Sunday, February 24, 2013

The New Leaf

Pride is at the root of all sins, and it is pride that often keeps us from carrying things to God in prayer.  We imagine we can handle things quite well on our own, or we fear that God is likely to tell us to do something we don't want to do.  The whole Christian life is a process of bringing the self-life down to death in order that the life of Jesus may be manifest in us. "As he grows greater, I must grow less, "said John the Baptist (John 3:30).

"Let us remember that it is not God who makes many of the crosses that we find in our way, such as we commonly call 'crosses.'  Our Heavenly Father makes 'straight paths for our feet,' ...But when the path that God points out goes north and south, and our stubborn wills lead us east and west, the consequences is a 'cross' --a cross of our own making, not that which our Master bids us 'take up and carry after Him,' and of which it has been well said, 'He always carries the heaviest end Himself'" (Annie Webb-Peploe, quoted in Mary Tileston:  Joy and Strength, World Wide Publications, Minneapolis 1986, p. 354).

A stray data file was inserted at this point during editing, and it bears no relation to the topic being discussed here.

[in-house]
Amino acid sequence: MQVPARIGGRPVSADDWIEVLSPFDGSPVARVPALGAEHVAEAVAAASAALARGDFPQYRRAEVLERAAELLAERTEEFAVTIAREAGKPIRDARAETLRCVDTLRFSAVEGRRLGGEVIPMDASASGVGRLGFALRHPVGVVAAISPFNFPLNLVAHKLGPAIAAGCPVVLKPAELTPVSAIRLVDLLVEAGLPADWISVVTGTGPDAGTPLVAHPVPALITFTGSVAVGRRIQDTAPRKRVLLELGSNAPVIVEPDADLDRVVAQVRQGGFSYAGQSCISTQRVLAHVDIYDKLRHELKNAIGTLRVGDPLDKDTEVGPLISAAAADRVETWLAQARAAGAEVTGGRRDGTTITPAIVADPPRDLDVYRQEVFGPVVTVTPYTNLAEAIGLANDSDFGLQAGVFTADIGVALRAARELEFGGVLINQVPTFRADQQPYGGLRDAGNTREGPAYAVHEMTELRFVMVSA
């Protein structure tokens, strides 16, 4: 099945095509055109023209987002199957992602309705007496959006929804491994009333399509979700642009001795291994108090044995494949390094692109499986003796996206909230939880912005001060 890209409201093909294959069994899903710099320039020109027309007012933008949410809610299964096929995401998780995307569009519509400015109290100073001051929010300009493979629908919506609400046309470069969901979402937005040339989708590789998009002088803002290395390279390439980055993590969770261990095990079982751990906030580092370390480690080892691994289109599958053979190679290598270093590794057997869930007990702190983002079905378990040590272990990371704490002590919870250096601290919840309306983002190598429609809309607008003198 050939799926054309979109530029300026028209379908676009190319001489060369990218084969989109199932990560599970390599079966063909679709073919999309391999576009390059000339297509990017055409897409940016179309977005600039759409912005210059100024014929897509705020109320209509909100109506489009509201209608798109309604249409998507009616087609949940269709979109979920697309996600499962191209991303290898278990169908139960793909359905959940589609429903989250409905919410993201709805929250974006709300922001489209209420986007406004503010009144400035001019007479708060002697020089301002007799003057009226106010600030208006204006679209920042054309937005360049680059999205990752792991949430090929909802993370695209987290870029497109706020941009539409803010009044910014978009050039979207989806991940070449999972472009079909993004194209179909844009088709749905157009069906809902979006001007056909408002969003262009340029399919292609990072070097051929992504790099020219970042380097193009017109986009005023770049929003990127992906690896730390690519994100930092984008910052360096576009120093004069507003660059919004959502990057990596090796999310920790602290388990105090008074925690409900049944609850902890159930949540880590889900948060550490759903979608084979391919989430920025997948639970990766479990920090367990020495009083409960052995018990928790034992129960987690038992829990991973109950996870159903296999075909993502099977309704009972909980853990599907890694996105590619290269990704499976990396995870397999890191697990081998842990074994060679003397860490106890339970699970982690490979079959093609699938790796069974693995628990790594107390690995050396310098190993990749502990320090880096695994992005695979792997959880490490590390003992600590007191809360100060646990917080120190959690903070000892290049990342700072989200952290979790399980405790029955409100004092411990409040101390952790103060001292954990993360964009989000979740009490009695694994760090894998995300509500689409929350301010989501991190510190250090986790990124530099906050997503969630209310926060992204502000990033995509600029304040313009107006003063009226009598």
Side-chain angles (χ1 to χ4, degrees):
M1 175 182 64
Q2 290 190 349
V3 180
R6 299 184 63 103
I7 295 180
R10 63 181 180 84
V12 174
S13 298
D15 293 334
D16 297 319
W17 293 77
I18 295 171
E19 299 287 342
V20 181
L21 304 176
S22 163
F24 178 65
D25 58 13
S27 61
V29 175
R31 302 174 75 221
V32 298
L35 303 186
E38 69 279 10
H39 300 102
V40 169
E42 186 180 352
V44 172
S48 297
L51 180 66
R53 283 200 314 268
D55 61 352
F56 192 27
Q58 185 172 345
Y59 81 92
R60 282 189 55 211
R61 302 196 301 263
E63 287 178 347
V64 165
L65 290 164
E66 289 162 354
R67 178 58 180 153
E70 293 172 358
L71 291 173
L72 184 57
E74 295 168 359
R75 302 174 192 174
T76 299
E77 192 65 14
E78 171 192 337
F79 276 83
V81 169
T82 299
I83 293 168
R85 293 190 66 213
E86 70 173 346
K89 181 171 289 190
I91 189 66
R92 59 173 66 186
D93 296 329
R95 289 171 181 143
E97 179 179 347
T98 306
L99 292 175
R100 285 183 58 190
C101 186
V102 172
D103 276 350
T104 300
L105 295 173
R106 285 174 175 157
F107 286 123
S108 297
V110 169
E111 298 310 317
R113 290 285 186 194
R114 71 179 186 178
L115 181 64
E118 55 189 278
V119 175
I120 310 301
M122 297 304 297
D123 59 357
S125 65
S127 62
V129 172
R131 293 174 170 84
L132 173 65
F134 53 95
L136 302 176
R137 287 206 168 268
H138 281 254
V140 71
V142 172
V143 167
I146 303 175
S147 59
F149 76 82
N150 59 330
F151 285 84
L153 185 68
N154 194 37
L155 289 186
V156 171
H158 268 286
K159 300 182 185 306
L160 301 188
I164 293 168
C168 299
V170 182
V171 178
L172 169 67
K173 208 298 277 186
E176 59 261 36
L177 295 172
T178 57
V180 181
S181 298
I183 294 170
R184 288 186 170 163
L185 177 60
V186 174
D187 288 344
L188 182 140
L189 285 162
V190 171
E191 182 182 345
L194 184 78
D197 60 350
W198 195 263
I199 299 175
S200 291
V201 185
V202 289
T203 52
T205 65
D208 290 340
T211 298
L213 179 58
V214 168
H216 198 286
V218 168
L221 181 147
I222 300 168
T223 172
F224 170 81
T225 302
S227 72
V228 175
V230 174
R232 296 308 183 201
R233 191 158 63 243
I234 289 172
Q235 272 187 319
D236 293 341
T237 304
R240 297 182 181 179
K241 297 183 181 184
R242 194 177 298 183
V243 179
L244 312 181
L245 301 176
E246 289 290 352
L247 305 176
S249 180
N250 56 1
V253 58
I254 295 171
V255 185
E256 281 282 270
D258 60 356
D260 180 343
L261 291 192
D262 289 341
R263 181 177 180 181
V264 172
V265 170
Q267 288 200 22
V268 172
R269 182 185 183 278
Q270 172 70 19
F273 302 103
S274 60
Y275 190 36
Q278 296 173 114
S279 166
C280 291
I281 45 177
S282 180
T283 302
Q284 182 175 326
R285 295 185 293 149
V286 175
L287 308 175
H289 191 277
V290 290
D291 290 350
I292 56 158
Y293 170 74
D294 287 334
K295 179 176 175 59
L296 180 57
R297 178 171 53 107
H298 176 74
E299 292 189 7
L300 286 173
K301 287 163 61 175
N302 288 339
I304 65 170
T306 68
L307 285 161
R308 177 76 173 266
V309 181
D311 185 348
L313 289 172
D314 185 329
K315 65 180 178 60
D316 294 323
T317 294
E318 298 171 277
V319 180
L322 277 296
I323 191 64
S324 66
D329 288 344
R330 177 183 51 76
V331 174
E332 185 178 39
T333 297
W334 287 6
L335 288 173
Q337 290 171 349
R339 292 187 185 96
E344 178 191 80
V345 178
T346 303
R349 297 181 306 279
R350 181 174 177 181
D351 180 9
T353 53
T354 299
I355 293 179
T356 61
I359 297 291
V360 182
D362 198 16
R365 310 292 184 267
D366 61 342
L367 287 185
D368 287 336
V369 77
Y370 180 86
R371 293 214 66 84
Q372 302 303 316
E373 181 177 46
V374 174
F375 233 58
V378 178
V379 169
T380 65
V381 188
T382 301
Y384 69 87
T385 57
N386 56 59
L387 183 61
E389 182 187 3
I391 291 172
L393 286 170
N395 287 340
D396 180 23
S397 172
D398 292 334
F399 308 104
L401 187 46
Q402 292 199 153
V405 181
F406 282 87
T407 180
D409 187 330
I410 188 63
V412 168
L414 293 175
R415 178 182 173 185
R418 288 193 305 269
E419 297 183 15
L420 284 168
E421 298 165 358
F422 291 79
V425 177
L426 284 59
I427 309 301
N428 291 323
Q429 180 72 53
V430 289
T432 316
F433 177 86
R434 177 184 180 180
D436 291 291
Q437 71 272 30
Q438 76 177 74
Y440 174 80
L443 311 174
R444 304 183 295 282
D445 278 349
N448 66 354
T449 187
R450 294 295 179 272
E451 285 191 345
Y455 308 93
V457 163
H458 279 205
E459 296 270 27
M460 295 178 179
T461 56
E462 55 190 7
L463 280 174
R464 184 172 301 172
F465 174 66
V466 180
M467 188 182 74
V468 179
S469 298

To a heart willing to be shown, God will reveal the self-inflicted causes of trouble.  There are many examples given in Scripture, such as receiving the Lord's Supper in an unworthy manner (1 Cor 11:27-30), persistence in sin (1 Pt 4:17), and --this is the reason for prolonged and terrible miseries-- a refusal to forgive (Mt 18:34-35).

In a wrong-filled world we suffer (and cause) many a wrong.  God is there to heal and comfort and forgive.  "It was not you who sent me here but God, "Joseph said to the brothers who had meant to get rid of him altogether.  "You meant to do me harm, but God meant to bring good out of it" (Gn 45:8; 50:20).  Here is consolation for us when someone sins against us:  God sent it, and God meant it --for good.

When we pray, "Give us this day our daily bread,"  an angry retort from someone may be part of the answer, for it may furnish just the occasion we need in which to learn not only longsuffering and forgiveness, but meekness, gentleness, fruits not born in us but borne only by the Spirit in us.  Amy Carmichael wrote, "A cup brimful of sweetness cannot spill even one drop of bitter water, no matter how suddenly jarred."

All this is part of the process of separating us form the old life and forming in us the new.  Painful it must be, of course, but look to the purpose!  Look to the glory God has in mind, accept it, and say with the psalmist, "I, thy servant, will study thy statutes.  Thy instruction is my continual delight; I turn to it for counsel....I will run the course set out in thy commandments" (Ps 119:23-24, 32).

A Path Through Suffering by Elisabeth Elliot

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